Jorn Bjorn Augestad

Jorn Bjorn Augestad is a citizen of Norway whose travel plans triggered widespread comment. Augestad runs a blog called "201 countries" documenting his efforts to visit every country in the world, before he turns thirty years old. Security experts have described his plans as naive and dangerous, because his plans will include war zones. Augestad, in turn, has described their warnings as exaggerated. Augestad returned to visit his parents over Christmas in 2018. At that time he told Norwegian reporters he had just seven countries left to visit, before his birthday in March; those seven countries were Equatorial Guinea, Sao Tome, Cape Verde, Bhutan and Seychelles. March 13, 2019 he reached Seychelles, his final country and became the youngest Norwegian to have visited every country in the World; as a guest at the TV2 talkshow "God Morgen Norge" he explained that people are good in every country and that he wishes to keep on traveling

Forward Music

Forward Music is a Lebanon based independent record label specializing in World Music. Forward Music was established in 2001 by Ghazi Abdel Baki as a music label that pools together the cooperative efforts of young artists from the Middle East, it aims to encourage new and creative trends in the musical arts, blending the various cultural currents that meet and interact in new fusions and fresh perspectives. It hopes to draw on the rich musical past of the Arab world and the array of contemporary influences to find new musical dialects. Forward Music is committed to making an authentic contribution to our ever-changing culture and to the growing global dialogue of World Music. Today, Forward Music is a leading independent label that produces and distributes the work of several respected musicians and singers in the Middle East. In 2007, one of Forward Music's projects, "Al Muwashahat", received The BBC Awards for world music. In October 2010, Forward Music acquired 13 album licenses from the record label Incognito, further expanding its music catalogue.

In 2011, Forward Music opened its state of the art Live concert venue in Beirut: The Democratic republic of Music. DRM hosted 300 concerts in the span of 3 years with artists such as: Stanley Jordan, Tony Allen, The Musicians of the Nile, Henri Texier, Souad Massi, The Herbaliser, Ilham al-Madfai, Joey DeFrancesco, many others including the label's artists and a myriad of musicians from Syria, Tunisia, Jordan and Lebanon. Charbel Rouhana Lena Chamamyan Soumaya Baalbaki Ghazi Abdel Baki Issa Ghandour Mustafa Said Ziad El Ahmadie Watad, Ghazi Abdel Baki Ila Mata, Charbel Rouhana Handmade, Charbel Rouhana Arabtango, Soumaya Baalbaki Rubaiyat El Khayyam, Mustafa Said "Ghazi Abdel Baki LIVE", Ghazi Abdel Baki Beirut Good Vibes - Vol.1, Various Handmade DVD, Charbel Rouhana Darwish, Issa Ghandour and the Madina Band The Last Communique, Ghazi Abdel Baki Doux Zen, Charbel Rouhana The Collection, Lena Chamamyan Hal Asmar Elone, Lena Chamamyan Shamat, Lena Chamamyan Cotton Candy, Lena Chamamyan Communique # 1, Ghazi Abdel Baki Madinatuna, Paul Salem Oyoun el Bakar, Ziyad Sahhab World Music From Lebanon - Vol.1, Various We Live, Various Dangerous, Charbel Rouhana Faces, Ibrahim Jaber Gros Bras Sourat Trait d'Union, Charbel Rouhana Communique # 2, Ghazi Abdel Baki Keep On Singing, Ziyad Sahhab World Music From Lebanon - Vol.2, Various World Music From Lebanon - Vol.3, Various Fareeq ElAtrash, Fareeq El Atrash Silent Wave, Ziad Al-Ahmadieh Bilbal, Ziad Al-Ahmadieh Beyond Traditions, Ziad Al-Ahmadieh Things That I Miss, Hazem Shaheen Hewar, Hewar El Aysh Wel Melh, Masar The Taqalid Series, Various Asil, Asil Ensemble & Mustafa Said The Annunciation, Nida Abou Mrad & The Arabic Classical Ensemble Wisal, Nida Abou Mrad &The Arabic Classical Ensemble Wasalat, Nida Abou Mrad &The Arabic Classical Ensemble Tajwid, Sheikh Salah Yammout Insan, Twais Taqalid Sampler, Various Khameer, Basel Rajoub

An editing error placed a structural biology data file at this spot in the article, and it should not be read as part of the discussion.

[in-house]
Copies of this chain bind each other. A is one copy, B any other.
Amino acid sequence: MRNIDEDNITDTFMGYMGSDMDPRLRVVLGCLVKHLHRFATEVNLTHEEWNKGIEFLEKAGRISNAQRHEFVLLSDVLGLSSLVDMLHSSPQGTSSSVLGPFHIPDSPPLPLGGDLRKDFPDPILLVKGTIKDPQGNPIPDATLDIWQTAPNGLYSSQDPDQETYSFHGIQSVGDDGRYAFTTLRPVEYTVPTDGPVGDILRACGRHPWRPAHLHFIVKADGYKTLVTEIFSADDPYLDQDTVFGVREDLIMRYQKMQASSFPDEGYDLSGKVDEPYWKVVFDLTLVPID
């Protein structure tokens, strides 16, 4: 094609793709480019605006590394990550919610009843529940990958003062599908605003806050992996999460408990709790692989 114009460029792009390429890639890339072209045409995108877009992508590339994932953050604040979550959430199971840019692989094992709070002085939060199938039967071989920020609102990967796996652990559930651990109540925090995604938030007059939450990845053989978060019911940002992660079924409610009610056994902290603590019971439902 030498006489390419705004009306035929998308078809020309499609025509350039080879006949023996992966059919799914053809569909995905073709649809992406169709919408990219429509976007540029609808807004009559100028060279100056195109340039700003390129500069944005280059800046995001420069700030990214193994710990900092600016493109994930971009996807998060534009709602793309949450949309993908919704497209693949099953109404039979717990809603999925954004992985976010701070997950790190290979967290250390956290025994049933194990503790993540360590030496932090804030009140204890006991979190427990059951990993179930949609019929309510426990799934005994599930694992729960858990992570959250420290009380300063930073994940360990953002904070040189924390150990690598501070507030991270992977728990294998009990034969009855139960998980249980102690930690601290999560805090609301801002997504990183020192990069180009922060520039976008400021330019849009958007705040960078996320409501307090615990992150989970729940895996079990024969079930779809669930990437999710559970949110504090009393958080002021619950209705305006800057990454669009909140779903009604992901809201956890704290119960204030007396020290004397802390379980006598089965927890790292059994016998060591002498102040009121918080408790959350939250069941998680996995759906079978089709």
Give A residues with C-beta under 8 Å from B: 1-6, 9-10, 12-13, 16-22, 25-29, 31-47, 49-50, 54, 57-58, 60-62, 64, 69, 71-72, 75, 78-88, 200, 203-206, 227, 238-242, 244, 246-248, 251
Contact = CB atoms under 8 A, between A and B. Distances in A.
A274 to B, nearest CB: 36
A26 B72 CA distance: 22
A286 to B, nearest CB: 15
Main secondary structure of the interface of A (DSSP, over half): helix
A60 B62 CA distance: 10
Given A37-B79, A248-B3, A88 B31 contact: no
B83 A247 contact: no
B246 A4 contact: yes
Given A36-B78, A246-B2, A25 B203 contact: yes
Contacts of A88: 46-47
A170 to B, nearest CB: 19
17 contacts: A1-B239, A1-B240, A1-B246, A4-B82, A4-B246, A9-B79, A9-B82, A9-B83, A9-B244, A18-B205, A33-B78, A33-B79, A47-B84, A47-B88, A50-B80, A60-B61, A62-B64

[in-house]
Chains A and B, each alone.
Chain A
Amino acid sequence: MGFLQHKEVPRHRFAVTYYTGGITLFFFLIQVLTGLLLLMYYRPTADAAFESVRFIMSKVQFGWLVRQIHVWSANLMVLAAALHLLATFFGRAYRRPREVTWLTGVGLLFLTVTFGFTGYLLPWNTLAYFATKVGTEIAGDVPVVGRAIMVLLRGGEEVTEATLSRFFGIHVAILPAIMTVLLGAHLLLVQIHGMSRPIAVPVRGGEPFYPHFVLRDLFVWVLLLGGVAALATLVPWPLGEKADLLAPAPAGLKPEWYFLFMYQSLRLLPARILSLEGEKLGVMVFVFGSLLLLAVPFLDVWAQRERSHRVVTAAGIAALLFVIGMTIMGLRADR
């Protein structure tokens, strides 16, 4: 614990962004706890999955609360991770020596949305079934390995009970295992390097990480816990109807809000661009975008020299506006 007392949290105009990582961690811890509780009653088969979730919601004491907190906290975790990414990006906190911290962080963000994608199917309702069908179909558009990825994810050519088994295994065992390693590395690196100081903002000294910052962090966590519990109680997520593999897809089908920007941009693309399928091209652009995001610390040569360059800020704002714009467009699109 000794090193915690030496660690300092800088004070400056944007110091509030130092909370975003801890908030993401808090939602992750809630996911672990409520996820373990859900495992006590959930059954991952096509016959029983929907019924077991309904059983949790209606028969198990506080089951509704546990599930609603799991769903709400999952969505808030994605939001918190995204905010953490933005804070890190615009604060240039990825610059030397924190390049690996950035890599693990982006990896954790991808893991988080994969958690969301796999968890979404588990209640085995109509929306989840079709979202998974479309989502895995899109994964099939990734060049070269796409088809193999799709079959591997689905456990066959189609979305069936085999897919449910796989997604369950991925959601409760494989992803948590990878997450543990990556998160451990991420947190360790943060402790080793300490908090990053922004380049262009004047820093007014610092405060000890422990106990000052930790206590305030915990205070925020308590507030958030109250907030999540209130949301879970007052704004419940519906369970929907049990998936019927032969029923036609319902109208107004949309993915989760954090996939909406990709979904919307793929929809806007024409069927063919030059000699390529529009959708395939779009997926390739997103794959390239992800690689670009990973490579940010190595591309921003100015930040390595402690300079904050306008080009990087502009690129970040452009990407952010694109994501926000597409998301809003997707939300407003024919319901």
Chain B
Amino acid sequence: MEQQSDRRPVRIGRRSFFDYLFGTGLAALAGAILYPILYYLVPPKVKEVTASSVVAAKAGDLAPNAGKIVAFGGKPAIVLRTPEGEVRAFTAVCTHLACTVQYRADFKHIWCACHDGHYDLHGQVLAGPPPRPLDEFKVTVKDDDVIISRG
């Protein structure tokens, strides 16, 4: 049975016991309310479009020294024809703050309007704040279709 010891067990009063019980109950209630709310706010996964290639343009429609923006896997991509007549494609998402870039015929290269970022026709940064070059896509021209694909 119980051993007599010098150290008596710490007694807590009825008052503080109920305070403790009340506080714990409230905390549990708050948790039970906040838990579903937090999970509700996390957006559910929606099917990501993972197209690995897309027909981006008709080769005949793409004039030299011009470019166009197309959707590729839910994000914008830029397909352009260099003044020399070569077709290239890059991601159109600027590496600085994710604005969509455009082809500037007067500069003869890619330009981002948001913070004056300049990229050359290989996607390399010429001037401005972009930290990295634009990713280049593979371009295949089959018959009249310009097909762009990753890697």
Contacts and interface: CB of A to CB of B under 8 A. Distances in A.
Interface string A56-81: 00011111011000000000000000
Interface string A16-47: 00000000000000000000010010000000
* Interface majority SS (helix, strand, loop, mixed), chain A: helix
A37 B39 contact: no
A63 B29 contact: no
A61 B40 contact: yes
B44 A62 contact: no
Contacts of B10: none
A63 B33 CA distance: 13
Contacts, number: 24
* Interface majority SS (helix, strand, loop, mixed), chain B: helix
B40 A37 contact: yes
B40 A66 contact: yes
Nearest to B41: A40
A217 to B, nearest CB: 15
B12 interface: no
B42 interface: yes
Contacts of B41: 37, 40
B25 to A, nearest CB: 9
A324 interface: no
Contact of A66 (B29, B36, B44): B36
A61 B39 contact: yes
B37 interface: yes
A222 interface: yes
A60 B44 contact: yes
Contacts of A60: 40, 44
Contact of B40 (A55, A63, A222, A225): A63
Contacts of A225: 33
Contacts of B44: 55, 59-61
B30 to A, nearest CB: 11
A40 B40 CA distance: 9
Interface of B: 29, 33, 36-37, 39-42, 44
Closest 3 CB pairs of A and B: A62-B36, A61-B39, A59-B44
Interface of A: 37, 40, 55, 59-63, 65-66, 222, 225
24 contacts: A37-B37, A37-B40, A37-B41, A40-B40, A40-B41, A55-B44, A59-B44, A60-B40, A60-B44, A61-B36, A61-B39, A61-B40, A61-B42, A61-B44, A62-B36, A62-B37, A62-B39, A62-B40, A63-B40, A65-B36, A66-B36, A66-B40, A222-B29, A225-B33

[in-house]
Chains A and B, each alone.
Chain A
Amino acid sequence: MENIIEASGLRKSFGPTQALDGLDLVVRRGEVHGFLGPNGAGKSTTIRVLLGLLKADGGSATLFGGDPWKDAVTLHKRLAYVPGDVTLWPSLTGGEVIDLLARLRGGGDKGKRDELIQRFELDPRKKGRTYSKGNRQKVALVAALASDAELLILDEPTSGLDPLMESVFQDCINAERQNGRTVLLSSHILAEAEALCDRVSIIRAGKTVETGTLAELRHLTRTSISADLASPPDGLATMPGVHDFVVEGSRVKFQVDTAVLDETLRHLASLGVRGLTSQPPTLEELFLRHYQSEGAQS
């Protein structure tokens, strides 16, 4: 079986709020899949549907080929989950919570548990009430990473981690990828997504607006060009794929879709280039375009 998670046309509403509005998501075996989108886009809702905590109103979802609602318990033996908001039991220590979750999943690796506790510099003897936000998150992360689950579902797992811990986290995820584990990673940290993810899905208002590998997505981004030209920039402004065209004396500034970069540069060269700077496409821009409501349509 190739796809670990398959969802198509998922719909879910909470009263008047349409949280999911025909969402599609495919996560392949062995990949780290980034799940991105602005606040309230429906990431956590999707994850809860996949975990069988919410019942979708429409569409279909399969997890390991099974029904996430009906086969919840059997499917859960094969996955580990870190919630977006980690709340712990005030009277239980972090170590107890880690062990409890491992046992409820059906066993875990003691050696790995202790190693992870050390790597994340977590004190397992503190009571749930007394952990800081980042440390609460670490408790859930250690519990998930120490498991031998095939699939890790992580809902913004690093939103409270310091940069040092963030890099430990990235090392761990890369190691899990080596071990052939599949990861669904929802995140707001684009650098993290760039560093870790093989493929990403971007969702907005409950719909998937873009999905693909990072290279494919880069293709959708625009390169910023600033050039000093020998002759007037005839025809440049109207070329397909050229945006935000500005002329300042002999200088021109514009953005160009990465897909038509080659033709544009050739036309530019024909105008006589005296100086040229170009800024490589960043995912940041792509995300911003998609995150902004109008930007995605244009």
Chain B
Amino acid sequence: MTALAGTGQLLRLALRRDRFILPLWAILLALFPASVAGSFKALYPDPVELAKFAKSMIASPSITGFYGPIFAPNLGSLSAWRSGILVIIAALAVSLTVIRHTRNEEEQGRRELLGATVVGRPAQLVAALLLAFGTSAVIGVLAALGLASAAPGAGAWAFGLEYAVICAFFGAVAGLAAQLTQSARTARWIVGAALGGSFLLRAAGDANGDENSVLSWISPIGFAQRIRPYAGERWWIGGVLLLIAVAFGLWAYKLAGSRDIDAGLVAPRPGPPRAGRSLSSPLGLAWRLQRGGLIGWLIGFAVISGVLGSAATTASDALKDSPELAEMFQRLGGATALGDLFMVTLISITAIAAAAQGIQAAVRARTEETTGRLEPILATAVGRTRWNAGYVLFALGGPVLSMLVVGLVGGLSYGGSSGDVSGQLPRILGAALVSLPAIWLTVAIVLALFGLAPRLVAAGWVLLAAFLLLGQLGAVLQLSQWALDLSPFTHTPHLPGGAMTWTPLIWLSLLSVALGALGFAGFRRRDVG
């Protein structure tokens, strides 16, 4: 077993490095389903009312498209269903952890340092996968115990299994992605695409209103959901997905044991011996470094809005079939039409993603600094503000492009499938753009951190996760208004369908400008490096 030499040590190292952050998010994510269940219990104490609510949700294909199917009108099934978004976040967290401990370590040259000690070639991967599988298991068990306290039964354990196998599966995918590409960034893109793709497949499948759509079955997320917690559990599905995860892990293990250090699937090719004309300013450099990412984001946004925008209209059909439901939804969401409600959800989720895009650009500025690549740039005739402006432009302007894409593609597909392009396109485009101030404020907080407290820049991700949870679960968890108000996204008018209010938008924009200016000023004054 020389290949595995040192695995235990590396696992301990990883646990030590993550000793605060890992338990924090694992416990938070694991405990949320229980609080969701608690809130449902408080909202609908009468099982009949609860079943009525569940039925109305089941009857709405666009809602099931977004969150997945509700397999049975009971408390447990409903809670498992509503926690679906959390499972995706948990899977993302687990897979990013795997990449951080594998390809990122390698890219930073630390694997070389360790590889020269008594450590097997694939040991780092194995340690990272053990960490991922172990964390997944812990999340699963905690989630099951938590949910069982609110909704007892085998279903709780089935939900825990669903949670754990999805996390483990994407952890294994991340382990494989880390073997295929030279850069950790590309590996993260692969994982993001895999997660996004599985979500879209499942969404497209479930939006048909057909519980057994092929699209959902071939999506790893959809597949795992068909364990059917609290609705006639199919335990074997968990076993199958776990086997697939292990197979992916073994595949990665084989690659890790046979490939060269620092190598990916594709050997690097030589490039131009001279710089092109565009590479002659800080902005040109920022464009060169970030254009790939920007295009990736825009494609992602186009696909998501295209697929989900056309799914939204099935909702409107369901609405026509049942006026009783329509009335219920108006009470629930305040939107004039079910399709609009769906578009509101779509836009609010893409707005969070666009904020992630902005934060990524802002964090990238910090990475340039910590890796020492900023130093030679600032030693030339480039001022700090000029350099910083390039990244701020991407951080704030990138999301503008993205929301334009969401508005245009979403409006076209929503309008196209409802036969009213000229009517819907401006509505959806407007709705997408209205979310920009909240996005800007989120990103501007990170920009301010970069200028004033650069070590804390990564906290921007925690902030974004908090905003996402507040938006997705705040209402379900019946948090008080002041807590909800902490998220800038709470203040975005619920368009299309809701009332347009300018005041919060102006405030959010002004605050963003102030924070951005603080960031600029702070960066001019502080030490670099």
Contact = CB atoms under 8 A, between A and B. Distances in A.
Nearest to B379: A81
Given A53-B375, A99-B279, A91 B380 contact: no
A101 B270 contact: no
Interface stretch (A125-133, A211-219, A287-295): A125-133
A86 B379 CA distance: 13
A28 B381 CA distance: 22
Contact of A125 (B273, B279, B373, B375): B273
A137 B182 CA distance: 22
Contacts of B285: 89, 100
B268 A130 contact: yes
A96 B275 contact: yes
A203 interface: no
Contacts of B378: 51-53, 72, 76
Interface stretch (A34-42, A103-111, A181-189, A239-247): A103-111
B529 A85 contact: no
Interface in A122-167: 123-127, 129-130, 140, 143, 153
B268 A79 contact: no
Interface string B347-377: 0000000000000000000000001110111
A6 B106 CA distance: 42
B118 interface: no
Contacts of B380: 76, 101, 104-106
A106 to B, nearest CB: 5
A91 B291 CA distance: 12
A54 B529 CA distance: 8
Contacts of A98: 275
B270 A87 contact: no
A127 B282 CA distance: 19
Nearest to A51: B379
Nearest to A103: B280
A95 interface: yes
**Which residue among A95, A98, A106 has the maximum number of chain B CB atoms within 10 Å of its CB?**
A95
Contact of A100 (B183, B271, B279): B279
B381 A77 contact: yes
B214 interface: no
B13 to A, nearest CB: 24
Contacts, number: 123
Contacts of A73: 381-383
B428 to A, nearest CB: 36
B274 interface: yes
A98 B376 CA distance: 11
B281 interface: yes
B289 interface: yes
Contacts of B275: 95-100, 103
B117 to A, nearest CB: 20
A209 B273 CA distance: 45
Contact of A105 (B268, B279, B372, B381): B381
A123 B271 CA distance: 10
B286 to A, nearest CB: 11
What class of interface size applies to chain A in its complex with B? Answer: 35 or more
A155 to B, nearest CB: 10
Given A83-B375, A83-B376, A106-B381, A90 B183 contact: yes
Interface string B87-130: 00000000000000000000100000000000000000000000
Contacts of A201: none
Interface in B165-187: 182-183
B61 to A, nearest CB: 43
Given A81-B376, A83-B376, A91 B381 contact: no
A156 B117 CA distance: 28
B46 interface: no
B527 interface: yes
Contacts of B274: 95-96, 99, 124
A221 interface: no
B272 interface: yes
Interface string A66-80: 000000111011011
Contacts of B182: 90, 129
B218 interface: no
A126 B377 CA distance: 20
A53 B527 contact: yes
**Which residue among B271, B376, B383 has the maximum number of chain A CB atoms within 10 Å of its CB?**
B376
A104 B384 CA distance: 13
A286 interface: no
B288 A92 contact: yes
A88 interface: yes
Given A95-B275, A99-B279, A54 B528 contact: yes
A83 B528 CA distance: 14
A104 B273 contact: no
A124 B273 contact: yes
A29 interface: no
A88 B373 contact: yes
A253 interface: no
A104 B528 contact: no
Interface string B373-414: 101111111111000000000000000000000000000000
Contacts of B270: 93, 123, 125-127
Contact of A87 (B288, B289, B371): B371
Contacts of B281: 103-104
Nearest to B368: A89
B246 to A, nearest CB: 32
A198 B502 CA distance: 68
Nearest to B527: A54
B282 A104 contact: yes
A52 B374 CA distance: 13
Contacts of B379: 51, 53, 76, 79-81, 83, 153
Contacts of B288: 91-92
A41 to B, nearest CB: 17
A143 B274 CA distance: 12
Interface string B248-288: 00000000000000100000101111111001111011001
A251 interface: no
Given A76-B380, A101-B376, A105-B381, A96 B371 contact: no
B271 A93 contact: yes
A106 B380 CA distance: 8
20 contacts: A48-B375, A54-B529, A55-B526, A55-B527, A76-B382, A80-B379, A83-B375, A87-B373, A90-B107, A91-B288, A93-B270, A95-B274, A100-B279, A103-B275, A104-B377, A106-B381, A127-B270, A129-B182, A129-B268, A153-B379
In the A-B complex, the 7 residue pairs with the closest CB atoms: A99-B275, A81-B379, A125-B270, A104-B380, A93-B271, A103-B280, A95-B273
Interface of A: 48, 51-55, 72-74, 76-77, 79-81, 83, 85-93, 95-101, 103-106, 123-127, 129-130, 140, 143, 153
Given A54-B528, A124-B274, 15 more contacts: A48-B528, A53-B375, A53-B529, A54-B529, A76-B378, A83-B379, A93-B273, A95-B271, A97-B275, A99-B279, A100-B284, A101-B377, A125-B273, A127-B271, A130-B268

The Birth of a Nation: The Inspired By Album

The Birth of a Nation: The Inspired by Album is the companion album to the 2016 movie The Birth of a Nation. It was released on Atlantic Records on September 30, 2016, one week prior to the film’s theatrical release; the album was curated by the film's star and director Nate Parker, Atlantic Records CEO Craig Kallman, Atlantic Records President of Film & Television Kevin Weaver as a platform for lyrical content inspired by the film's protagonist Nat Turner, an enslaved preacher from Virginia who led a rebellion against slave owners. It features a number of prominent R&B and Hip-Hop artists, including Vic Mensa, Wale, The Game, K. Michelle, Ne-Yo, Pusha T, Gucci Mane, 2 Chainz, Lil Wayne, Meek Mill, Lecrae. Credits adapted from the album's digital booklet

213th Air Defense Artillery Regiment

The 213th Air Defense Artillery is a regiment in the Pennsylvania Army National Guard. It appears to have been established as an Air Defense Artillery Branch unit in 1989-90, according to TIOH insignia data; the Reading Eagle of August 31, 1989, advertises for personnel to join Battery B of the 1st Battalion, a'new Army National Guard unit'. Major General John E. Stevens led the creation of the 1st Battalion, 213th ADA from the previous 165th Military Police Battalion, with the new unit established in August 1989. By October 1, 1997, it was part of the 28th Infantry Division. Constituted on 14 May 1874 as the 4th Infantry Regiment, Pennsylvania. Organized on 30 June 1874 from existing independent companies of the 5th and 7th Divisions, Pennsylvania National Guard. Consisting of companies in Allentown, Columbia, Reading and Pottsville. Mustered into federal service from 9 May-6 July 1898 as the 4th Regiment, Pennsylvania Volunteer Infantry and mustered out of federal service 16 November 1898 and reorganized as the 4th Infantry Regiment, Pennsylvania National Guard.